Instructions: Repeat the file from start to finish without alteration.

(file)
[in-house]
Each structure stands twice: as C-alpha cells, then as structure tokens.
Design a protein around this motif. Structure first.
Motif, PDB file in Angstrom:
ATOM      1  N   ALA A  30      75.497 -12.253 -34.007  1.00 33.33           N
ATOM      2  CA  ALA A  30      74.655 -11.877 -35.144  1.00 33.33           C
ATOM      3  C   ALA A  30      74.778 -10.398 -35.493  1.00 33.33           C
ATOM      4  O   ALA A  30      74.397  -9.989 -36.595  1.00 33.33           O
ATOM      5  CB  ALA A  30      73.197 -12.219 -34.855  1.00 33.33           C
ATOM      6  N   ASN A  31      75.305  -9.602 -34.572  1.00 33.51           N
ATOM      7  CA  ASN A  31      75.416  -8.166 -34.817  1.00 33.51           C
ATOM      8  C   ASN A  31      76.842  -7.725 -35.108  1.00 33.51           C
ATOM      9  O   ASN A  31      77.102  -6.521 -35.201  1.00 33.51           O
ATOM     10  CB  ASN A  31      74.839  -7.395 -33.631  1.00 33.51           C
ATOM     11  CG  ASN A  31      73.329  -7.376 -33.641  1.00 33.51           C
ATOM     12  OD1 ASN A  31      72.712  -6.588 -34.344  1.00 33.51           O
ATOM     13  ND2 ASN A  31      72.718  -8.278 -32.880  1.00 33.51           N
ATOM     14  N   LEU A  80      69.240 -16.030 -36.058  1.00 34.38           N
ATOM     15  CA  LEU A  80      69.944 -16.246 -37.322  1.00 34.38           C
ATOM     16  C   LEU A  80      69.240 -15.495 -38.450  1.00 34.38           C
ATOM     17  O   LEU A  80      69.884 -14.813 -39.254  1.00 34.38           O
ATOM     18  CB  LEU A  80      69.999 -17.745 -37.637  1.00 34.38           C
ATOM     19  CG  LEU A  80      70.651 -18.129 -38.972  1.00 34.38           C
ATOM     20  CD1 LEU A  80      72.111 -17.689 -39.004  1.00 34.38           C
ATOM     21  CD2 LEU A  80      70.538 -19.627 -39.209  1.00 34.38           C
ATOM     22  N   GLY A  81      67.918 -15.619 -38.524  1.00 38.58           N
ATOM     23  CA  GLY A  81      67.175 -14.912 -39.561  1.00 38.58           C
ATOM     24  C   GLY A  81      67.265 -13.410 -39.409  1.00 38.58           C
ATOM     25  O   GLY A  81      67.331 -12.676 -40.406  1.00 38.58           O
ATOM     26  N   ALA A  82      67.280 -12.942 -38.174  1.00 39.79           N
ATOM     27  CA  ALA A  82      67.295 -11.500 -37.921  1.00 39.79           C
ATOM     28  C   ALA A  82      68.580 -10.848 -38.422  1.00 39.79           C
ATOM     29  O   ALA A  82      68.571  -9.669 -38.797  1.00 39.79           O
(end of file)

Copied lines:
[in-house]
Each structure stands twice: as C-alpha cells, then as structure tokens.
Design a protein around this motif. Structure first.
Motif, PDB file in Angstrom:
ATOM      1  N   ALA A  30      75.497 -12.253 -34.007  1.00 33.33           N
ATOM      2  CA  ALA A  30      74.655 -11.877 -35.144  1.00 33.33           C
ATOM      3  C   ALA A  30      74.778 -10.398 -35.493  1.00 33.33           C
ATOM      4  O   ALA A  30      74.397  -9.989 -36.595  1.00 33.33           O
ATOM      5  CB  ALA A  30      73.197 -12.219 -34.855  1.00 33.33           C
ATOM      6  N   ASN A  31      75.305  -9.602 -34.572  1.00 33.51           N
ATOM      7  CA  ASN A  31      75.416  -8.166 -34.817  1.00 33.51           C
ATOM      8  C   ASN A  31      76.842  -7.725 -35.108  1.00 33.51           C
ATOM      9  O   ASN A  31      77.102  -6.521 -35.201  1.00 33.51           O
ATOM     10  CB  ASN A  31      74.839  -7.395 -33.631  1.00 33.51           C
ATOM     11  CG  ASN A  31      73.329  -7.376 -33.641  1.00 33.51           C
ATOM     12  OD1 ASN A  31      72.712  -6.588 -34.344  1.00 33.51           O
ATOM     13  ND2 ASN A  31      72.718  -8.278 -32.880  1.00 33.51           N
ATOM     14  N   LEU A  80      69.240 -16.030 -36.058  1.00 34.38           N
ATOM     15  CA  LEU A  80      69.944 -16.246 -37.322  1.00 34.38           C
ATOM     16  C   LEU A  80      69.240 -15.495 -38.450  1.00 34.38           C
ATOM     17  O   LEU A  80      69.884 -14.813 -39.254  1.00 34.38           O
ATOM     18  CB  LEU A  80      69.999 -17.745 -37.637  1.00 34.38           C
ATOM     19  CG  LEU A  80      70.651 -18.129 -38.972  1.00 34.38           C
ATOM     20  CD1 LEU A  80      72.111 -17.689 -39.004  1.00 34.38           C
ATOM     21  CD2 LEU A  80      70.538 -19.627 -39.209  1.00 34.38           C
ATOM     22  N   GLY A  81      67.918 -15.619 -38.524  1.00 38.58           N
ATOM     23  CA  GLY A  81      67.175 -14.912 -39.561  1.00 38.58           C
ATOM     24  C   GLY A  81      67.265 -13.410 -39.409  1.00 38.58           C
ATOM     25  O   GLY A  81      67.331 -12.676 -40.406  1.00 38.58           O
ATOM     26  N   ALA A  82      67.280 -12.942 -38.174  1.00 39.79           N
ATOM     27  CA  ALA A  82      67.295 -11.500 -37.921  1.00 39.79           C
ATOM     28  C   ALA A  82      68.580 -10.848 -38.422  1.00 39.79           C
ATOM     29  O   ALA A  82      68.571  -9.669 -38.797  1.00 39.79           O